IDEAS home Printed from https://ideas.repec.org/
MyIDEAS: Login to save this paper or follow this series

The division of labor, coordination, and the demand for information processing

  • Guy Michaels

The Division of Labour, Coordination, and the Demand for Information Processing* Since Adam Smith's time, the division of labour in production has increased significantly, while information processing has become an important part of work. This paper examines whether the need to coordinate an increasingly complex division of labour has raised the demand for clerical office workers, who process information that is used to coordinate production. In order to examine this question empirically, I introduce a measure of the complexity of an industry's division of labour that uses the Herfindahl index of occupations it employs, excluding clerks and managers. Using US data I find that throughout the 20th century more complex industries employed relatively more clerks, and recent Mexican data shows a similar relationship. The relative complexity of industries is persistent over time and correlated across these two countries. I further document the relationship between complexity and the employment of clerks using an early information technology (IT) revolution that took place around 1900, when telephones, typewriters, and improved filing techniques were introduced. This IT revolution raised the demand for clerks in all manufacturing industries, but significantly more so in industries with a more complex division of labour. Interestingly, recent reductions in the price of IT have enabled firms to substitute computers for clerks, and I find that more complex industries have substituted clerks more rapidly.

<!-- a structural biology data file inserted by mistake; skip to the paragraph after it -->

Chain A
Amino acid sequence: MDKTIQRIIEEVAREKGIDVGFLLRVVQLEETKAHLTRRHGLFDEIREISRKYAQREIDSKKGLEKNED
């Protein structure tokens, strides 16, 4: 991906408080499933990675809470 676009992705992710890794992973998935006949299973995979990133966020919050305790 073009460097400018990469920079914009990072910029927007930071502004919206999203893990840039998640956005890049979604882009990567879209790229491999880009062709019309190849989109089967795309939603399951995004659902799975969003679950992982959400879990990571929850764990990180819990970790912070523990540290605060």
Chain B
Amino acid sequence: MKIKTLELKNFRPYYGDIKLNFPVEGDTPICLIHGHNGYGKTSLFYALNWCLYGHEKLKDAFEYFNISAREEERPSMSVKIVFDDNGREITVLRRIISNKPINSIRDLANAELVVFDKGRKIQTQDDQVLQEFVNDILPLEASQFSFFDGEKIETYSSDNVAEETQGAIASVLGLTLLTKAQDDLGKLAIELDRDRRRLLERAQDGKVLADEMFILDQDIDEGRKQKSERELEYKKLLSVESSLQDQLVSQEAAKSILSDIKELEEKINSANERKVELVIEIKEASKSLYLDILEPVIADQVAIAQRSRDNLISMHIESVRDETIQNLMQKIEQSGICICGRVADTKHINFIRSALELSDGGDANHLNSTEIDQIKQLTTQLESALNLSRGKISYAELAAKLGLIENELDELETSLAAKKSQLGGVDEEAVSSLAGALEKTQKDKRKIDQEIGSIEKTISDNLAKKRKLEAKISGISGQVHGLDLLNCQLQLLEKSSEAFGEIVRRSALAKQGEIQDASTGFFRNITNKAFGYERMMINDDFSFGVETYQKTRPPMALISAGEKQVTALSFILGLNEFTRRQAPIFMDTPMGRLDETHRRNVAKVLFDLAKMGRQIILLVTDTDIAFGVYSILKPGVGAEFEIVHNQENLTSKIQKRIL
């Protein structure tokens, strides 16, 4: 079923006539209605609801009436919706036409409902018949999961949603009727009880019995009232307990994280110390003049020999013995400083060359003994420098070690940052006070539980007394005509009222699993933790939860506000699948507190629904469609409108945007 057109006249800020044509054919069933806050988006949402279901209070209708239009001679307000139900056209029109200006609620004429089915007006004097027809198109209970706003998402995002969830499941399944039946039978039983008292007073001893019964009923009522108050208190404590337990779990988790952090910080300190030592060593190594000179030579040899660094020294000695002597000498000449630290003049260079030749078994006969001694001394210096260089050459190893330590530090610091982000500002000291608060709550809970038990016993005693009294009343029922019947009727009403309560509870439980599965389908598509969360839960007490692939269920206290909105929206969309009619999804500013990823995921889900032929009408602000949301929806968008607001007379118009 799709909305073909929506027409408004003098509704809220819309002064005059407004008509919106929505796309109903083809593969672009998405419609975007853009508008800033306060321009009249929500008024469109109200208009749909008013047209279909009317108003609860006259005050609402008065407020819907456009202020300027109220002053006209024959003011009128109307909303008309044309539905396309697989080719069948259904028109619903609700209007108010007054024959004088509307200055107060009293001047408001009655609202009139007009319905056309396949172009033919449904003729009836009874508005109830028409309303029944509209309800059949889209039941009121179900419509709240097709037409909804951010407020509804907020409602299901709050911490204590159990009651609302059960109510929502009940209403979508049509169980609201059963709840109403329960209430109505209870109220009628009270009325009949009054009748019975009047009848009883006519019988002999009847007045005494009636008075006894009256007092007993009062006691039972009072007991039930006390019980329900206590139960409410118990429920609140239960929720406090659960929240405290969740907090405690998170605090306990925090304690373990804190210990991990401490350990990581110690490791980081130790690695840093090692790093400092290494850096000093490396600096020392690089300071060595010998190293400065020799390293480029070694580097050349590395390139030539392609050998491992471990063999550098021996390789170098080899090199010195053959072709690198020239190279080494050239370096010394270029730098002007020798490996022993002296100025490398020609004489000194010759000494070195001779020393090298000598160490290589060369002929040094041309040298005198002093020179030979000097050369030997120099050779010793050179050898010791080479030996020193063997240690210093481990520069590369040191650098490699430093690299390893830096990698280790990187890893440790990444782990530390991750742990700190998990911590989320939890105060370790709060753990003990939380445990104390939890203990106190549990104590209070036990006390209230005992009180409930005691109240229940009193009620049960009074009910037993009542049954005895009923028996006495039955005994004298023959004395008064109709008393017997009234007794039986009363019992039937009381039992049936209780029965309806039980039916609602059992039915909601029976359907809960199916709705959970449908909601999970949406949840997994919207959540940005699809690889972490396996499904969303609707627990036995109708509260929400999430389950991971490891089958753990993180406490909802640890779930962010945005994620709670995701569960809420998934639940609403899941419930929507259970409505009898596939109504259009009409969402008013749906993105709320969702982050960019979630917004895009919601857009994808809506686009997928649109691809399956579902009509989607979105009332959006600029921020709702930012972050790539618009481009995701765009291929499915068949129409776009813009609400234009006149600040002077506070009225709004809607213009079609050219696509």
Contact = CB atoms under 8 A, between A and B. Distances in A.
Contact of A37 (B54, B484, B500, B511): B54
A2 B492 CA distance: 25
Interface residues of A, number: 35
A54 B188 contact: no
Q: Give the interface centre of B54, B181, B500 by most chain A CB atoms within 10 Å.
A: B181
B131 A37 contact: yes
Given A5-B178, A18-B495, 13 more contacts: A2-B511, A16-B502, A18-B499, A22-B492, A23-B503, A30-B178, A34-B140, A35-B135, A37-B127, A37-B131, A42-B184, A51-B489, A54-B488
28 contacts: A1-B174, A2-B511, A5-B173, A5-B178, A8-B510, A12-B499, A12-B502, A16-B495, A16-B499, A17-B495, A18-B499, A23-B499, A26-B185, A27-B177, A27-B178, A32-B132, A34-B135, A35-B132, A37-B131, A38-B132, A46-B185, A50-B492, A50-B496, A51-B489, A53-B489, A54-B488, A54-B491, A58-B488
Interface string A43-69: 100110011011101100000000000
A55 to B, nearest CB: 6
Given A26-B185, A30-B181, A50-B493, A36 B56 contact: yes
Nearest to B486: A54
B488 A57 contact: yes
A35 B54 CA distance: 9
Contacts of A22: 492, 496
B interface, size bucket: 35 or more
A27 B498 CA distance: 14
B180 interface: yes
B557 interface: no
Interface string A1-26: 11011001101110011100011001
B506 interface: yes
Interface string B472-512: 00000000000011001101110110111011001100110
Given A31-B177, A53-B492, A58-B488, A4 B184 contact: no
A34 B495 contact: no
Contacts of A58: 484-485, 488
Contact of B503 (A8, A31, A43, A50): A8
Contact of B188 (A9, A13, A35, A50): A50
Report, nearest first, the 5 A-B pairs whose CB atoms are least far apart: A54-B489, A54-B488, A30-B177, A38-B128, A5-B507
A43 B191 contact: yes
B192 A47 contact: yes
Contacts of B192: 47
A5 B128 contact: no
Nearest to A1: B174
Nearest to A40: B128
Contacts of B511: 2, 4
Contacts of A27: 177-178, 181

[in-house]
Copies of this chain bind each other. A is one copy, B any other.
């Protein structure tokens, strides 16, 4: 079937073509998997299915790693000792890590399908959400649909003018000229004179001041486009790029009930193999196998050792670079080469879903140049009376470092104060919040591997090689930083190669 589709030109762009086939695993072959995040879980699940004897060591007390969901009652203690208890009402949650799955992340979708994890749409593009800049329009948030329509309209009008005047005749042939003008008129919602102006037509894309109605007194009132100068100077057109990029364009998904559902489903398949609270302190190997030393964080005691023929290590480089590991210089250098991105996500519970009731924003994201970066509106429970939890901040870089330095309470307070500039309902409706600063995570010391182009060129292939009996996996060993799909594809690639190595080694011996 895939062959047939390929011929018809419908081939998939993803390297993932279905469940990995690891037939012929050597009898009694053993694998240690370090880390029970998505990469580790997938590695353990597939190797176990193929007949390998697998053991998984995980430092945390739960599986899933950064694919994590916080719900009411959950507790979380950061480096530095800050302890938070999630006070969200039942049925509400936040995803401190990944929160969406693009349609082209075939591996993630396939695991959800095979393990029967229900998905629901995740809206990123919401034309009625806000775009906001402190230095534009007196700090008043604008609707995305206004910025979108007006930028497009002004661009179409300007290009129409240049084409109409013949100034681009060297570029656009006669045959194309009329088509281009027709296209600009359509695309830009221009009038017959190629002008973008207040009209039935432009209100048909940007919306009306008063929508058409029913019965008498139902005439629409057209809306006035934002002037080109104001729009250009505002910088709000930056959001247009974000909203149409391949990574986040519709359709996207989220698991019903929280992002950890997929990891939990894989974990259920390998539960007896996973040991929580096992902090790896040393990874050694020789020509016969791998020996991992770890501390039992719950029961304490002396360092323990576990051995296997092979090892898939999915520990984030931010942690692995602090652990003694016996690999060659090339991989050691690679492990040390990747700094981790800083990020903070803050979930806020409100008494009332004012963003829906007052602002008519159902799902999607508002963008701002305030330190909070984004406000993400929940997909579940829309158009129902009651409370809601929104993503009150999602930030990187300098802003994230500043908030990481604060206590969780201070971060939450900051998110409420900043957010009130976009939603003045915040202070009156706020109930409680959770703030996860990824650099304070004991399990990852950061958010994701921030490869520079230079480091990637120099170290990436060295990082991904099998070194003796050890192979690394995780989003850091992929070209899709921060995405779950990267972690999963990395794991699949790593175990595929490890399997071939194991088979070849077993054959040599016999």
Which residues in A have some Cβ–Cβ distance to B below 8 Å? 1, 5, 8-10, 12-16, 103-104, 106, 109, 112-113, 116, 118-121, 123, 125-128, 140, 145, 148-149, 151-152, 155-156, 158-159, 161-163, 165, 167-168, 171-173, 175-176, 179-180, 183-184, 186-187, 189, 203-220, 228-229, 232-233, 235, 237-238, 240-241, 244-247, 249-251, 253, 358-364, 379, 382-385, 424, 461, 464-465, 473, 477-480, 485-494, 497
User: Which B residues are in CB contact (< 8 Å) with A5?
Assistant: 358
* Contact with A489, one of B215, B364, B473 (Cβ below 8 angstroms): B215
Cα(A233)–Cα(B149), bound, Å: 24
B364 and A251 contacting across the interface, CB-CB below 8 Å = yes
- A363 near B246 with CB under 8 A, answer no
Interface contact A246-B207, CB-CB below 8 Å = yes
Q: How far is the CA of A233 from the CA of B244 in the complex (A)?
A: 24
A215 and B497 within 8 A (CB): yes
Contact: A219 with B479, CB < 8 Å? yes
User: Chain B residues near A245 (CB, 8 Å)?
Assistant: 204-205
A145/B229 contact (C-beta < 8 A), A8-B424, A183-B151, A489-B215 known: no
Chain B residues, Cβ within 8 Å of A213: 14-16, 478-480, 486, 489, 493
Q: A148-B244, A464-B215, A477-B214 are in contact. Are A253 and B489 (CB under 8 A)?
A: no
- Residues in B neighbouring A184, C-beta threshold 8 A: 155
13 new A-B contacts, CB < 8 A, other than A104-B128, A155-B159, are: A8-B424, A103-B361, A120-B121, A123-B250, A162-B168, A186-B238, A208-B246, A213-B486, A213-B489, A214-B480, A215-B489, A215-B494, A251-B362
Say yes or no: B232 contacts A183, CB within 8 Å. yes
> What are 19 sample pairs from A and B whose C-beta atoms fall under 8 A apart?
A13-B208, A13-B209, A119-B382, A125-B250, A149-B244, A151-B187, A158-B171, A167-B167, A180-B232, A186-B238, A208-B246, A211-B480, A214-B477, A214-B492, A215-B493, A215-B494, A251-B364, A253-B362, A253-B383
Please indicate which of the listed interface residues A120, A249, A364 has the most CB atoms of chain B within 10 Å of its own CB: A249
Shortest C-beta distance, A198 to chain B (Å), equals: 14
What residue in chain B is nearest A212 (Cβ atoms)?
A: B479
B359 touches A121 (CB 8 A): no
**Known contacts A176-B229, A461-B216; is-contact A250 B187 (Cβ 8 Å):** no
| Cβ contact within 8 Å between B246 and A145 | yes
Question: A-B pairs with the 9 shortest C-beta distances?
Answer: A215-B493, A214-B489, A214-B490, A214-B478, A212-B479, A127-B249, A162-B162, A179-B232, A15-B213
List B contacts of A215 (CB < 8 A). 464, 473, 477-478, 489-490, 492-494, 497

If you experience problems downloading a file, check if you have the proper application to view it first. In case of further problems read the IDEAS help page. Note that these files are not on the IDEAS site. Please be patient as the files may be large.

File URL: http://eprints.lse.ac.uk/3251/
File Function: Open access version.
Download Restriction: no

Paper provided by London School of Economics and Political Science, LSE Library in its series LSE Research Online Documents on Economics with number 3251.

as
in new window

Length: 48 pages
Date of creation: Jun 2007
Date of revision:
Handle: RePEc:ehl:lserod:3251
Contact details of provider: Postal: LSE Library Portugal Street London, WC2A 2HD, U.K.
Phone: +44 (020) 7405 7686